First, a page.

DEE AND APOSTROFEE

How will there be peace when Apostrofee keeps eating letters in words and replacing them with himself?

Dee, an anthropomorphic letter D with stick arms, googly eyes, expressive eyebrows, and a mouth (like all the letters of the alphabet in this book), thinks the best words start with her, like delish. So she’s not amused when Apostrofee, similarly anthropomorphized but toothy—for chomping unneeded letters—moves in and makes the word d’lish. Many of the letters get upset about their kind being eaten, especially the O’s (according to Apostrofee, they taste like “little air donuts,” though they do give him gas). At this point, the narrative turns instructive, with an outright (if not especially well-organized) lesson in contractions interrupted by a single spread about ownership. When Apostrofee punctuates his refusal to play nice with the letters with a flurry of O-eating, it results in such a bad case of gas he floats away. The other letters bemoan his fate until Dee finds a solution. The book ends abruptly with a shared dinner of alphabet soup, the letters now suddenly accepting of Apostrofee’s ways. Hale’s letters are cute, and the book design makes it evident that each prefers words that start with themselves. While the text makes it clear how they are formed, though, the word contraction is never used, and many of the shortened words aren’t actually used IRL: d’lighted, d’vour, d’plorable. (This book was reviewed digitally.)

Just don’t. (Informational picture book. 5-10)

Pub Date: Oct. 5, 2021

ISBN: 978-1-5253-0326-5

Page Count: 32

Publisher: Kids Can

Review Posted Online: Aug. 18, 2021

Kirkus Reviews Issue: Sept. 1, 2021

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Cute and brave—gee, Rot’s spud-tacular!

ROT, THE BRAVEST IN THE WORLD!

A “scaredy-spud” puts on his brave face.

All “mutant potatoes” love mud. Mud is good for playing games, eating, and even sleeping. But few taters have more tender feelings toward muck than Rot. À la Pete the Cat, Rot celebrates mud in song: “Mud between my toes! / Mud in my nose! / Mud is GREAT / wherever it GOES!” When Rot’s big brother, Snot, tells Rot about the Squirm that lives “deep down in the mushy muck,” his love quickly turns to fear. But he doesn’t give up! Instead, Rot imagines himself in various disguises to work up courage. There’s “Super Spud” (a superhero), “Sir Super Rot, the Brave and Bold” (a superhero-knight), and even “Sir Super Rot the Pigtato” (a, um, superhero-knight-pig-potato). The disguises are one thing, but, deep down, is Rot really brave enough to face the Squirm? Readers wooed by Rot’s charm in Rot: The Cutest in the World (2017) will laugh out loud at this well-paced encore—and it’s not just because of the butt cracks. Clanton creates a winning dynamic, balancing Rot’s earnestness, witty dialogue, and an omniscient, slightly melodramatic narrator. The cartoon illustrations were created using watercolors, colored pencils, digital collage, and—brilliantly—potato stamps. Clanton’s reliance on earth tones makes for some clever, surprising page turns when the palette is broken.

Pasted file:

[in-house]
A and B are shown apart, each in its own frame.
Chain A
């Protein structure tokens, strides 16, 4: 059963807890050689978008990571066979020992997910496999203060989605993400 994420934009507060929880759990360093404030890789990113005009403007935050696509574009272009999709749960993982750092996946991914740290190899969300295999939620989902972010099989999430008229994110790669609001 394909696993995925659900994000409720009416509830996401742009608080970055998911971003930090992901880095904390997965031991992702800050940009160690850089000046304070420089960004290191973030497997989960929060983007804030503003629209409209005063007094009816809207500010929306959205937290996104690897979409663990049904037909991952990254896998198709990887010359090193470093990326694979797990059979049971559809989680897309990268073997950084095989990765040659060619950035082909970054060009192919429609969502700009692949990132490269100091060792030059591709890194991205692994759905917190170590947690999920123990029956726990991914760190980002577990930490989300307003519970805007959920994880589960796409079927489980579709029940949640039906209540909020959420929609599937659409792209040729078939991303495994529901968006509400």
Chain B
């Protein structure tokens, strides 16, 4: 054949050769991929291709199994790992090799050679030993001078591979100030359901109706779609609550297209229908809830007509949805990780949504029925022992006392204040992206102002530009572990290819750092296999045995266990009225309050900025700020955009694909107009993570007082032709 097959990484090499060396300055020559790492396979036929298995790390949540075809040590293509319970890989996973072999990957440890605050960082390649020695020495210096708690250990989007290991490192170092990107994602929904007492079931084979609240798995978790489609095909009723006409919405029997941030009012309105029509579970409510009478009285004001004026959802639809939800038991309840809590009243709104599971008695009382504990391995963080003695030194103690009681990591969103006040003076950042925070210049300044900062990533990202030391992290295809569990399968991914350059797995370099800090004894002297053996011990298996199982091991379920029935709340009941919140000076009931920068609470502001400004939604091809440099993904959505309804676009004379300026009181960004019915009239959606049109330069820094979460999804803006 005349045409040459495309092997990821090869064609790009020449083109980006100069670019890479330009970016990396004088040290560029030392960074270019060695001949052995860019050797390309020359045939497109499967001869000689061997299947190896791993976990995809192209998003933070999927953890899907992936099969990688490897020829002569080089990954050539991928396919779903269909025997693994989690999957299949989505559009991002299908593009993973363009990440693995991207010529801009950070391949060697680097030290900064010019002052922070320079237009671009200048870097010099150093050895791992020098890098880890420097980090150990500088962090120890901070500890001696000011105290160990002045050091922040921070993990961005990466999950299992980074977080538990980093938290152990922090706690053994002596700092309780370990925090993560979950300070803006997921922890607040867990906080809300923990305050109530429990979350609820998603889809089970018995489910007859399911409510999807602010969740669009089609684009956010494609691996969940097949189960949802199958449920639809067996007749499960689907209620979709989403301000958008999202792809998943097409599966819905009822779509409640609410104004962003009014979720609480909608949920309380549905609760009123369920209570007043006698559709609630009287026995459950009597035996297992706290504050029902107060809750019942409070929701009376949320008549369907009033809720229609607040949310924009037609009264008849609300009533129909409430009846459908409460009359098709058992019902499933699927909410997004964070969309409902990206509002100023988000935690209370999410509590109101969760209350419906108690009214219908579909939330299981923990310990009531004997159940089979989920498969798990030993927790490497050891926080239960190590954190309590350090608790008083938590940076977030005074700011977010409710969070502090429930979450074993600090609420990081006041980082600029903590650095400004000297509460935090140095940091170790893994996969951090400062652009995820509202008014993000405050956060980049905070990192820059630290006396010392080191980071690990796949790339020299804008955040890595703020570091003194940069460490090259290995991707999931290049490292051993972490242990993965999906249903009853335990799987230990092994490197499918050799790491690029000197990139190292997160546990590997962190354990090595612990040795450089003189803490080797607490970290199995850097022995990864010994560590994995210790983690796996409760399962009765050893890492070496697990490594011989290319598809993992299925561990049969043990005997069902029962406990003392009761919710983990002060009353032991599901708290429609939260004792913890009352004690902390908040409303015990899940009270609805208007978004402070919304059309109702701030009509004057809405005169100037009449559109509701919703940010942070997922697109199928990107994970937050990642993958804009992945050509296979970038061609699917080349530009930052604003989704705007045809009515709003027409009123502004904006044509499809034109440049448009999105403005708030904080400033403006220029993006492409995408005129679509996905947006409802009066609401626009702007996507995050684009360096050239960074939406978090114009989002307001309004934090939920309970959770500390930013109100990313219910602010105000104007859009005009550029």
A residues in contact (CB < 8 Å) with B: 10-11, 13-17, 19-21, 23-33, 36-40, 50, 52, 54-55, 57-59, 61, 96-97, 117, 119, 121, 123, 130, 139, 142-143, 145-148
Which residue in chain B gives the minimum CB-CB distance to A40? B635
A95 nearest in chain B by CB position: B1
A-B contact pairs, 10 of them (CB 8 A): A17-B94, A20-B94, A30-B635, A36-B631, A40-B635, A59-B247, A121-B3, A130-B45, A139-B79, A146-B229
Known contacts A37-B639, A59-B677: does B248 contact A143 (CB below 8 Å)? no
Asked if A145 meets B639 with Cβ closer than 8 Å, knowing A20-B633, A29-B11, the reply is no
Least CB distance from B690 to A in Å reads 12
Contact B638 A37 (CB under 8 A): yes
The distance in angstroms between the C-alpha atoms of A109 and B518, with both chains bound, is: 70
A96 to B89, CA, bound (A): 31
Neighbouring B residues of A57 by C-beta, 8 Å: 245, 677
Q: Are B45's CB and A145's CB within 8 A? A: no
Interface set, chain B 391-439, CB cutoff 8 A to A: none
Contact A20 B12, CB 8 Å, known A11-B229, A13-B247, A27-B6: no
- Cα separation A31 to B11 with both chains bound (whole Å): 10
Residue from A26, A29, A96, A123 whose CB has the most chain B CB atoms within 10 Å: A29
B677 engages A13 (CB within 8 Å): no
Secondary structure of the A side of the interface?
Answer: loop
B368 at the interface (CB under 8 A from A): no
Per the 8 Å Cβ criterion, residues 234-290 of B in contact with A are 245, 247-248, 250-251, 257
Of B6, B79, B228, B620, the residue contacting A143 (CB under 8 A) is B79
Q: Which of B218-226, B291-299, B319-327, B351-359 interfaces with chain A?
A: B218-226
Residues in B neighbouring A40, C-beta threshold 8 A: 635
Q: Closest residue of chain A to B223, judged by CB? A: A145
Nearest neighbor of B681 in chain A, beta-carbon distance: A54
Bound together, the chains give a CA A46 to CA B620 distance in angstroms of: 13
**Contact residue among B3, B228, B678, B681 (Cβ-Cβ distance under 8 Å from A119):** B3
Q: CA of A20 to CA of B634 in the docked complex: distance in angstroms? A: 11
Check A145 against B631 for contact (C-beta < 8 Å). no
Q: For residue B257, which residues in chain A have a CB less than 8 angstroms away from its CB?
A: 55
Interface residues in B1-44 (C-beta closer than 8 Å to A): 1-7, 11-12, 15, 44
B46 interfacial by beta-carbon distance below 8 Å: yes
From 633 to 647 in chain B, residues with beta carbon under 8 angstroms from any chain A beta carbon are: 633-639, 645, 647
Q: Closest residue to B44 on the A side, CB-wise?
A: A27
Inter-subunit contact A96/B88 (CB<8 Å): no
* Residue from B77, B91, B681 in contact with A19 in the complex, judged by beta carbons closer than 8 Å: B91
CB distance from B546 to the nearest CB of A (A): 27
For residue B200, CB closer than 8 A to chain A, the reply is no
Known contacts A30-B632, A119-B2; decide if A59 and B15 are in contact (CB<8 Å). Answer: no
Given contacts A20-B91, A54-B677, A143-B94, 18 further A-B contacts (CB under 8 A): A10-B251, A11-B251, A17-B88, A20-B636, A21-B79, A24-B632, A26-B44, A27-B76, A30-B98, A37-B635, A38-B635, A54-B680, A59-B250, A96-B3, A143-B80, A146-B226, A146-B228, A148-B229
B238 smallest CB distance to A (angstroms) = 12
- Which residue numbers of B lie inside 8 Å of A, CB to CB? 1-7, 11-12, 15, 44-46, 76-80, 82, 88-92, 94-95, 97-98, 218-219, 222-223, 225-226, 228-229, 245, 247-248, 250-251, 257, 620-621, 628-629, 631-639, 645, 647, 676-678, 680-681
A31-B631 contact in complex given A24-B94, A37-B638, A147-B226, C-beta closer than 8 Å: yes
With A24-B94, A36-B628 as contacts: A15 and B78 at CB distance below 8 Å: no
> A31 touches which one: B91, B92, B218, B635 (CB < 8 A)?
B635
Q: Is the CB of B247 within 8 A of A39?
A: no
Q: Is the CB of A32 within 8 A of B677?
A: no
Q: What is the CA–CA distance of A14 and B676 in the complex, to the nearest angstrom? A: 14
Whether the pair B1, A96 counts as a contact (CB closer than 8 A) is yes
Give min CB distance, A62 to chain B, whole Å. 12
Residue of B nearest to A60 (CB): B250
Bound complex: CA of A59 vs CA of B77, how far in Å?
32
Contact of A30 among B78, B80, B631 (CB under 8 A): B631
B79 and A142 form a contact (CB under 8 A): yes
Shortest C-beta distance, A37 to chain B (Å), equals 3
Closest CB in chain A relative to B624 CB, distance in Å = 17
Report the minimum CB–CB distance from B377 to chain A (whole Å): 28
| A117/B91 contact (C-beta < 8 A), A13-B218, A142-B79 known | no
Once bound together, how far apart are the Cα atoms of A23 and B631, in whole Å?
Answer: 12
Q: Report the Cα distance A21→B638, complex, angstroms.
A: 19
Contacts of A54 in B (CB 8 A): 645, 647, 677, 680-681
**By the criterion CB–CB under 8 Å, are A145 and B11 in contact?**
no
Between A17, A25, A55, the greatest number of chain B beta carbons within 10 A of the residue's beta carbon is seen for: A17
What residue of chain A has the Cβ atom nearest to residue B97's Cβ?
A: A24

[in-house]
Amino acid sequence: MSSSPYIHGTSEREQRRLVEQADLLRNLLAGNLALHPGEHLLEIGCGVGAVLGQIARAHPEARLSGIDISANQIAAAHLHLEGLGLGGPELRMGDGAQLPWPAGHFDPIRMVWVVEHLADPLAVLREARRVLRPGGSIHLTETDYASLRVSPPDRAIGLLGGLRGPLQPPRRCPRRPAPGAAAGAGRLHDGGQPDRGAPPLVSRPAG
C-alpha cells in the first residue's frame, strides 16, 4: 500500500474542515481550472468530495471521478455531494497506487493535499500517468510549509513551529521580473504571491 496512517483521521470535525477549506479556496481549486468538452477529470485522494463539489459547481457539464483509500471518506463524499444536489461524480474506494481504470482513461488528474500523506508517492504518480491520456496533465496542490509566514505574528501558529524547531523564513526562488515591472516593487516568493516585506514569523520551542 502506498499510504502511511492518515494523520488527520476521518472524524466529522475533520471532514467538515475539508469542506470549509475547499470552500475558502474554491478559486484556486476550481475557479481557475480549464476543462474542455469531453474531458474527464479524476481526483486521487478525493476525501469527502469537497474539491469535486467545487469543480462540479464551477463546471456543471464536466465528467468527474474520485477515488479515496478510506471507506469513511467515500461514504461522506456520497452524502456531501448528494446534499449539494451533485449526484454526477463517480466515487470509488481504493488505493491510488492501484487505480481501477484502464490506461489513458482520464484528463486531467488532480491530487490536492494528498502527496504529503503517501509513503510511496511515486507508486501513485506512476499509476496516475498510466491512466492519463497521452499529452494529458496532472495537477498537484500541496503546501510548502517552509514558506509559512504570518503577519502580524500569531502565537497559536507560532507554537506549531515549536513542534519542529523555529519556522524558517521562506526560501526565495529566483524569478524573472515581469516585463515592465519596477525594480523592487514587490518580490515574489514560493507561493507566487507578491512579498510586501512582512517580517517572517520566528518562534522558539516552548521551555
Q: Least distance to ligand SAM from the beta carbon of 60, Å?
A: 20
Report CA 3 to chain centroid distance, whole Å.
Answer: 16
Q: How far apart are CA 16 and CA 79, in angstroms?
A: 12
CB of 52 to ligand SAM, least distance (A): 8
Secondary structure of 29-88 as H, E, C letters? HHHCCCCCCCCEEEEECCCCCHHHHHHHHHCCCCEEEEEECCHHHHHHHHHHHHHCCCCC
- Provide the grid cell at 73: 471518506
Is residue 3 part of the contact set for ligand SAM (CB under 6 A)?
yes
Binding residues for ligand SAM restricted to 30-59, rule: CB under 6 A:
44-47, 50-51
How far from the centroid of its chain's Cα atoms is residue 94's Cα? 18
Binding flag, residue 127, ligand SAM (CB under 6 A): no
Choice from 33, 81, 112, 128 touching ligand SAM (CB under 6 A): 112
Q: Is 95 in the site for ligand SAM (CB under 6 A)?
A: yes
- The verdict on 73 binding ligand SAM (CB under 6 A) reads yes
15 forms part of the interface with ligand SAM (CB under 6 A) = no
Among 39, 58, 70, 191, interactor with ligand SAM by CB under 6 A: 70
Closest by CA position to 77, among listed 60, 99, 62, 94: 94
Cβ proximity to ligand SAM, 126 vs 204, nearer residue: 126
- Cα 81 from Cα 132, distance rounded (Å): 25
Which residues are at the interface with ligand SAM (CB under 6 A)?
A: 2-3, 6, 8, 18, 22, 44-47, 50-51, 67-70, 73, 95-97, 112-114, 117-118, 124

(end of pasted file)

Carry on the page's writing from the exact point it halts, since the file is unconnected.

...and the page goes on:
Cute and brave—gee, Rot’s spud-tacular! (Picture book. 6-8)

Pub Date: June 16, 2020

ISBN: 978-1-4814-6764-3

Page Count: 40

Publisher: Atheneum

Review Posted Online: Feb. 9, 2020

Kirkus Reviews Issue: March 1, 2020

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Embedded in this heartwarming story of doing the right thing is a deft examination of the pressures of income inequality on...

A BIKE LIKE SERGIO'S

Continuing from their acclaimed Those Shoes (2007), Boelts and Jones entwine conversations on money, motives, and morality.

This second collaboration between author and illustrator is set within an urban multicultural streetscape, where brown-skinned protagonist Ruben wishes for a bike like his friend Sergio’s. He wishes, but Ruben knows too well the pressure his family feels to prioritize the essentials. While Sergio buys a pack of football cards from Sonny’s Grocery, Ruben must buy the bread his mom wants. A familiar lady drops what Ruben believes to be a $1 bill, but picking it up, to his shock, he discovers $100! Is this Ruben’s chance to get himself the bike of his dreams? In a fateful twist, Ruben loses track of the C-note and is sent into a panic. After finally finding it nestled deep in a backpack pocket, he comes to a sense of moral clarity: “I remember how it was for me when that money that was hers—then mine—was gone.” When he returns the bill to her, the lady offers Ruben her blessing, leaving him with double-dipped emotions, “happy and mixed up, full and empty.” Readers will be pleased that there’s no reward for Ruben’s choice of integrity beyond the priceless love and warmth of a family’s care and pride.

Embedded in this heartwarming story of doing the right thing is a deft examination of the pressures of income inequality on children. (Picture book. 5-8)

Pub Date: Oct. 4, 2016

ISBN: 978-0-7636-6649-1

Page Count: 40

Publisher: Candlewick

Review Posted Online: July 20, 2016

Kirkus Reviews Issue: Aug. 1, 2016

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